WASHINGTON (Legal Newsline) - The U.S. Supreme Court will hear a lawsuit that is being pursued by the Pacific Legal Foundation and will affect citizens whose property is designated as wetland.
The lawsuit seeks to secure a right to judicial review for landowners when their property is labeled as wetlands subject.
Currently, landowners have no way to challenge the classification of their land as wetland by the Environmental Protection Agency and the U.S. Army Corps of Engineers.
When an area is designated as a wetland, it becomes protected under the Clean Water Act. This gives the EPA veto power over any changes made to the property.
“This is the broadest interpretation of federal authority that we have ever seen,” PLF attorney Reed Hopper said.
PLF litigates for limited government, property rights, free enterprise and a balanced approach to environmental regulations. It is representing the plaintiffs in U.S. Army Corps of Engineers v. Hawkes Co., et al.
The case comes in the wake of new regulations released in May. The Waters of the United States Rule revises regulations in place for more than 25 years that governed the scope of waters protected under the Clean Water Act.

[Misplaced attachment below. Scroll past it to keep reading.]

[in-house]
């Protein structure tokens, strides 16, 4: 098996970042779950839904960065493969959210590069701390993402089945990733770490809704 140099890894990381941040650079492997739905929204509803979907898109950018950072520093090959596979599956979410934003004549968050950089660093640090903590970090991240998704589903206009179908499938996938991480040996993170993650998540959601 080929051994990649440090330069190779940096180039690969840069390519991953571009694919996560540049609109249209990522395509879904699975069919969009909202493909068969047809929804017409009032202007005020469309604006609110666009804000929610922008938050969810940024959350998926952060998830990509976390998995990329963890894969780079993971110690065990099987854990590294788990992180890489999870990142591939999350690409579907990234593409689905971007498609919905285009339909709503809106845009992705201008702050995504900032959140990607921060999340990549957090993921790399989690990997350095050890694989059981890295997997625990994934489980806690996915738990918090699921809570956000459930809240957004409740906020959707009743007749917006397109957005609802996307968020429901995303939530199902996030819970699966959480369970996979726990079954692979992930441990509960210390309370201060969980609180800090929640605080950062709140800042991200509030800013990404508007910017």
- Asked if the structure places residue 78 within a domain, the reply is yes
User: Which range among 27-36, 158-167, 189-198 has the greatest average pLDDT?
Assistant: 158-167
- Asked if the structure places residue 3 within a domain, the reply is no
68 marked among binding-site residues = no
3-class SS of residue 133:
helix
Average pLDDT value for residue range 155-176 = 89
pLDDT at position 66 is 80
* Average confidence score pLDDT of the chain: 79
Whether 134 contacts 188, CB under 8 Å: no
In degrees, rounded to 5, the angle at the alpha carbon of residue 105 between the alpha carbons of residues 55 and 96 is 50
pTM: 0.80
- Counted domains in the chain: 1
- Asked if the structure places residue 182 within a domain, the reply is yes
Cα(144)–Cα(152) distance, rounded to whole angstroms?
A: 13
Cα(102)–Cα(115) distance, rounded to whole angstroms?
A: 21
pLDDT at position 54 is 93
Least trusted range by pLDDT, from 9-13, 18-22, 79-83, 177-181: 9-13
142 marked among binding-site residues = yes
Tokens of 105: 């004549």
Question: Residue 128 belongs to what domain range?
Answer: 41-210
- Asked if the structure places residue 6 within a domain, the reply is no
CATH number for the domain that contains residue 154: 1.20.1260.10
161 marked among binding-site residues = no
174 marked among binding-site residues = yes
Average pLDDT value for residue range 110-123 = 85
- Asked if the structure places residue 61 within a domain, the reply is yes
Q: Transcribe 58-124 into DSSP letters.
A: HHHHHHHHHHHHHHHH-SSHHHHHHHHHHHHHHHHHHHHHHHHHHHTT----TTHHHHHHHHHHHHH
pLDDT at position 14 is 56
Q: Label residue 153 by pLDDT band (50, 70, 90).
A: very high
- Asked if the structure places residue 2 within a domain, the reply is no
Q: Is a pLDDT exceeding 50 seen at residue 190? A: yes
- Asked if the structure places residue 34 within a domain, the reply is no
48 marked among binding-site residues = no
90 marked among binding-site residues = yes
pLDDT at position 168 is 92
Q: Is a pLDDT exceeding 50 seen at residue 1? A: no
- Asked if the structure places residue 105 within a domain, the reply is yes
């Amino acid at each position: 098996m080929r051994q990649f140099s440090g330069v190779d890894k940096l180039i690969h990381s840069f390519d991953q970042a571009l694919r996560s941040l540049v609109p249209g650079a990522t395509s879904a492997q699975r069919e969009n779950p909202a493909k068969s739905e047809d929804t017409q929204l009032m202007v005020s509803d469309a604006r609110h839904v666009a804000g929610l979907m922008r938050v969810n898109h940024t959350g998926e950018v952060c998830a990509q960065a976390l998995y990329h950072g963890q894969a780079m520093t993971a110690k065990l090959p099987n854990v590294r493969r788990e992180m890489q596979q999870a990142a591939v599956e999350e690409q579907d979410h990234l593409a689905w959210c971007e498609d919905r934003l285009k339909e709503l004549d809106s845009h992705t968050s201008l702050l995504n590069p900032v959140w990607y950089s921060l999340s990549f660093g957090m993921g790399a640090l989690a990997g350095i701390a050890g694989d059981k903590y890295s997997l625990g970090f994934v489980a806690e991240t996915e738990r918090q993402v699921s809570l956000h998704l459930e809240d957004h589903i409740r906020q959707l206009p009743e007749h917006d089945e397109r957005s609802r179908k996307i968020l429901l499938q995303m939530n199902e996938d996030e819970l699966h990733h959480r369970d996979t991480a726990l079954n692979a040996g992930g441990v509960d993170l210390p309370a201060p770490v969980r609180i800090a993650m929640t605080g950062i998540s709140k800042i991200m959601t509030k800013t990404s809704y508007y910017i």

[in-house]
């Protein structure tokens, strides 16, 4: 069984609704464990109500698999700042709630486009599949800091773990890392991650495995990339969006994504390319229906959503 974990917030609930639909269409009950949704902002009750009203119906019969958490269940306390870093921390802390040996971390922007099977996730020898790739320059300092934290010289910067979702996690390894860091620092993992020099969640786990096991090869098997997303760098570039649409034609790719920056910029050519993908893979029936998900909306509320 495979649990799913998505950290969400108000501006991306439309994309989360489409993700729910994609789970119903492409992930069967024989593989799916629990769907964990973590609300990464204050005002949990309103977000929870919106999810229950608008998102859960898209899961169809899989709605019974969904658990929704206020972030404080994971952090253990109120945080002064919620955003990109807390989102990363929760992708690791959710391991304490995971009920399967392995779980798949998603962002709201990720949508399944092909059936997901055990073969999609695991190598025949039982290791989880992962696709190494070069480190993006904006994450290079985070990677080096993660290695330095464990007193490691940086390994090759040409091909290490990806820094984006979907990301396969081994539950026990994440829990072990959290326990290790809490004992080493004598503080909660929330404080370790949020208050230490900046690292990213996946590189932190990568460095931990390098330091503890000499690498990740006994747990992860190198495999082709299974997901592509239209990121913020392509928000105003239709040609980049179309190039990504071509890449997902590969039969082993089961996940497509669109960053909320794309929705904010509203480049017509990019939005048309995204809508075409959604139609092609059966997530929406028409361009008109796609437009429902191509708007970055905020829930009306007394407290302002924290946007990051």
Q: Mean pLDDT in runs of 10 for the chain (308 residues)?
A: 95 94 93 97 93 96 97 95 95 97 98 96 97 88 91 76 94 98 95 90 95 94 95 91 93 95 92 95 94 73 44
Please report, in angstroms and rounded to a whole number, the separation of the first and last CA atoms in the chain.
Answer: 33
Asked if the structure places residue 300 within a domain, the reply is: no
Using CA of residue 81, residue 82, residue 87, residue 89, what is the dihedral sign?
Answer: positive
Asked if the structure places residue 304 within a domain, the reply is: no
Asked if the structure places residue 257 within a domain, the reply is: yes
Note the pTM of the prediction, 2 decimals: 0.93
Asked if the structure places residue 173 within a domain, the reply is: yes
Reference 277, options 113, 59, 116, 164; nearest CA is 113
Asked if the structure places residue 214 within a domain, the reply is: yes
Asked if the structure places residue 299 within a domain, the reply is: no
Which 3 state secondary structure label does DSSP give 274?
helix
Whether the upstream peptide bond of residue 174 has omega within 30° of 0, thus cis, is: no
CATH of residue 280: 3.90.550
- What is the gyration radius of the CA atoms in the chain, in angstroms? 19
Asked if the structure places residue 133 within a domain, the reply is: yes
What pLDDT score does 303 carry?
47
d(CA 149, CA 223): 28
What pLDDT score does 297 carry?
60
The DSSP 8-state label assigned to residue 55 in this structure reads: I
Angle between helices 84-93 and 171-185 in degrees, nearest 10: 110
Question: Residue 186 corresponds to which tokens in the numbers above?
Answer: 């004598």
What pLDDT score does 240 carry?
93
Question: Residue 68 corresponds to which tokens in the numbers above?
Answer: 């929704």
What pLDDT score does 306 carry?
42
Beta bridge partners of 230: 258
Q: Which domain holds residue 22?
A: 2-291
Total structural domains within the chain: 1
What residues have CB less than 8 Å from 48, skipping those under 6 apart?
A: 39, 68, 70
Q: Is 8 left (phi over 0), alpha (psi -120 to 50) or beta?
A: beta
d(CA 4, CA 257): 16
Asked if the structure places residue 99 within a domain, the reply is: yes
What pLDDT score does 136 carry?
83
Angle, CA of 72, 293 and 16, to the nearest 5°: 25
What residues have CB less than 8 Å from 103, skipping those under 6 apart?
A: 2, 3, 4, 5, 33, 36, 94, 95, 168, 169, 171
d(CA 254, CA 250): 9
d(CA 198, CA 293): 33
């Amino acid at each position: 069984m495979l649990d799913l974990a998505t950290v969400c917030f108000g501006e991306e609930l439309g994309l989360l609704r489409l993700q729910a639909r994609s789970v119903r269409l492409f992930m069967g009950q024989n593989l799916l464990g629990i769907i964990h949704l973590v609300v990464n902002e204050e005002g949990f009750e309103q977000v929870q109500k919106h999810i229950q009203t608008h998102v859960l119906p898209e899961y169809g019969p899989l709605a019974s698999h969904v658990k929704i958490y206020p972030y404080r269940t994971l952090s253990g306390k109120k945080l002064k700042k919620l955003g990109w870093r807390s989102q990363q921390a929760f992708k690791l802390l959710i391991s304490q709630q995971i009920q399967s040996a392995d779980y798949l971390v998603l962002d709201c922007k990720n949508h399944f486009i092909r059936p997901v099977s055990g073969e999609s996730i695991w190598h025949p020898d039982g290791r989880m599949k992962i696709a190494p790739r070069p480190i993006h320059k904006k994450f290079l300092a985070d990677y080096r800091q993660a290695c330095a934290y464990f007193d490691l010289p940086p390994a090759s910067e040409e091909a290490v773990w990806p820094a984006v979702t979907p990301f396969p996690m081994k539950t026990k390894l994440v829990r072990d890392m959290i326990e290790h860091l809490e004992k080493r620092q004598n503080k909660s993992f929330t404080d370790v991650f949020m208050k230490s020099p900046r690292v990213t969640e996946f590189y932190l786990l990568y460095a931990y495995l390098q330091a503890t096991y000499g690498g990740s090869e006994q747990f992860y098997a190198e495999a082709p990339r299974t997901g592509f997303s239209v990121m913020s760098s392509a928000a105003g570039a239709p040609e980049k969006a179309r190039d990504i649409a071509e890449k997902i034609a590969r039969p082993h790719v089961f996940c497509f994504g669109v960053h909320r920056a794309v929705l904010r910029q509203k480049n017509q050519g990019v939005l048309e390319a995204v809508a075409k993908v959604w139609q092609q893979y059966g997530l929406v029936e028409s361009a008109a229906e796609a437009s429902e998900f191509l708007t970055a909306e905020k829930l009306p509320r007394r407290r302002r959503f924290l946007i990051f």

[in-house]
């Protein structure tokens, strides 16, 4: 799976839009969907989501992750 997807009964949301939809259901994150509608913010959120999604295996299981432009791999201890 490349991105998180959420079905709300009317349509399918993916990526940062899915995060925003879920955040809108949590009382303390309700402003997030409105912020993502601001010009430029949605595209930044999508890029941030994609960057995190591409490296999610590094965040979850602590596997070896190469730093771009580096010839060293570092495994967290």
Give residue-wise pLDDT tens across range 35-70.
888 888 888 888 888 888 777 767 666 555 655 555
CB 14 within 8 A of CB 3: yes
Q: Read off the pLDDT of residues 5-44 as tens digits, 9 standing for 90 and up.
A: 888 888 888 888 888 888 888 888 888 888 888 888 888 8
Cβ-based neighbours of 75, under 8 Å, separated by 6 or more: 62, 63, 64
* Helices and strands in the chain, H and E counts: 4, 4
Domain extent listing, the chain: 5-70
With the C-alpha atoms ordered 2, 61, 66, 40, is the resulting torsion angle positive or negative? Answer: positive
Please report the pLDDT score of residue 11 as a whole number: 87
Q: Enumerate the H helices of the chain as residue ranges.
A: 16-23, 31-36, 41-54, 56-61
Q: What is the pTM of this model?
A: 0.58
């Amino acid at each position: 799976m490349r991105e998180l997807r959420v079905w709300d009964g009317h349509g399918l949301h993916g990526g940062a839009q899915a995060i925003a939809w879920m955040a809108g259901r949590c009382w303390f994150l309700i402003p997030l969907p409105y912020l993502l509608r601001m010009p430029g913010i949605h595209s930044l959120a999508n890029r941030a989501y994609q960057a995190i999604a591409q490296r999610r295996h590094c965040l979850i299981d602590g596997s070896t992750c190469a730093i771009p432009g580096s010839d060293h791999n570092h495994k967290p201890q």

The new rule was proposed in response to Supreme Court rulings that narrowed the CWA’s scope and created uncertainty about how the act should be applied.
However, the rule will increase the categorical assertion of CWA jurisdiction, because waters can be categorized as jurisdictional without case-specific evaluation.
Hopper said that only a few experts have a firm understanding of the CWA guidelines.
“When they do make a mistake, there ought to be an opportunity for the landowner to have his day in court,” Hopper said.
Classification of land as protected can have serious repercussions for landowners, he said.
“It’s not a benign designation,” Hopper said. “You can’t build a house. You can’t dig a ditch. You can’t fill in a ditch. You can’t modify the terrain.”
The landowner can’t put the land to use at all without federal approval. In practice, this means acquiring a permit.
The application process can take years and averages more than $270,000, PLF says. A landowner who chooses to develop the property without a permit risks fines of $37,000 per day and could go to jail. The only other option is to abandon the property.
“These are not legitimate options,” Hopper said in a statement
Hopper is confident the court will rule in PLF’s favor, because it won a similar case in 2012. That case, Sackett v. U.S. Environmental Protection Agency, involved a couple who wanted to build a home on a half-acre lot in Idaho.
The agency had declared that it was part of a wetland, but the PLF challenged the classification and won.
“Again we’re back in court asking whether the land owner has a right to challenge jurisdiction once the final determination has been made,” Hopper said.